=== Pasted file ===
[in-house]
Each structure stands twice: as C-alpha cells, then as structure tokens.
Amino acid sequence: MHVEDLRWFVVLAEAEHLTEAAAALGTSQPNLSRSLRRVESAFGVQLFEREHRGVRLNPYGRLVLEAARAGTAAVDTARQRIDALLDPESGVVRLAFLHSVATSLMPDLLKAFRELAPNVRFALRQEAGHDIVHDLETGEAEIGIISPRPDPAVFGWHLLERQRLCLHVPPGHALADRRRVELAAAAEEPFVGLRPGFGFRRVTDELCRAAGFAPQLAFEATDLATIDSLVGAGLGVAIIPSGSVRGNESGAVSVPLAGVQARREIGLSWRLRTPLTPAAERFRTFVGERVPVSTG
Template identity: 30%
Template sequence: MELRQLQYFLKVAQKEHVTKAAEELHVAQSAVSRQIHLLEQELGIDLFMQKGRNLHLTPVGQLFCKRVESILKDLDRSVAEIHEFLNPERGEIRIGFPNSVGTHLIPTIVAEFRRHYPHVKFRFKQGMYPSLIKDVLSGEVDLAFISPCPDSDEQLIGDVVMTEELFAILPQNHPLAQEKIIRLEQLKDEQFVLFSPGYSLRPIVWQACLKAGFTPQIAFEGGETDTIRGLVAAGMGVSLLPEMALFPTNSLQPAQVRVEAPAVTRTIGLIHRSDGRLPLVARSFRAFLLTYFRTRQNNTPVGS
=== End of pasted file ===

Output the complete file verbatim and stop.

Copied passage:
[in-house]
Each structure stands twice: as C-alpha cells, then as structure tokens.
Amino acid sequence: MHVEDLRWFVVLAEAEHLTEAAAALGTSQPNLSRSLRRVESAFGVQLFEREHRGVRLNPYGRLVLEAARAGTAAVDTARQRIDALLDPESGVVRLAFLHSVATSLMPDLLKAFRELAPNVRFALRQEAGHDIVHDLETGEAEIGIISPRPDPAVFGWHLLERQRLCLHVPPGHALADRRRVELAAAAEEPFVGLRPGFGFRRVTDELCRAAGFAPQLAFEATDLATIDSLVGAGLGVAIIPSGSVRGNESGAVSVPLAGVQARREIGLSWRLRTPLTPAAERFRTFVGERVPVSTG
Template identity: 30%
Template sequence: MELRQLQYFLKVAQKEHVTKAAEELHVAQSAVSRQIHLLEQELGIDLFMQKGRNLHLTPVGQLFCKRVESILKDLDRSVAEIHEFLNPERGEIRIGFPNSVGTHLIPTIVAEFRRHYPHVKFRFKQGMYPSLIKDVLSGEVDLAFISPCPDSDEQLIGDVVMTEELFAILPQNHPLAQEKIIRLEQLKDEQFVLFSPGYSLRPIVWQACLKAGFTPQIAFEGGETDTIRGLVAAGMGVSLLPEMALFPTNSLQPAQVRVEAPAVTRTIGLIHRSDGRLPLVARSFRAFLLTYFRTRQNNTPVGS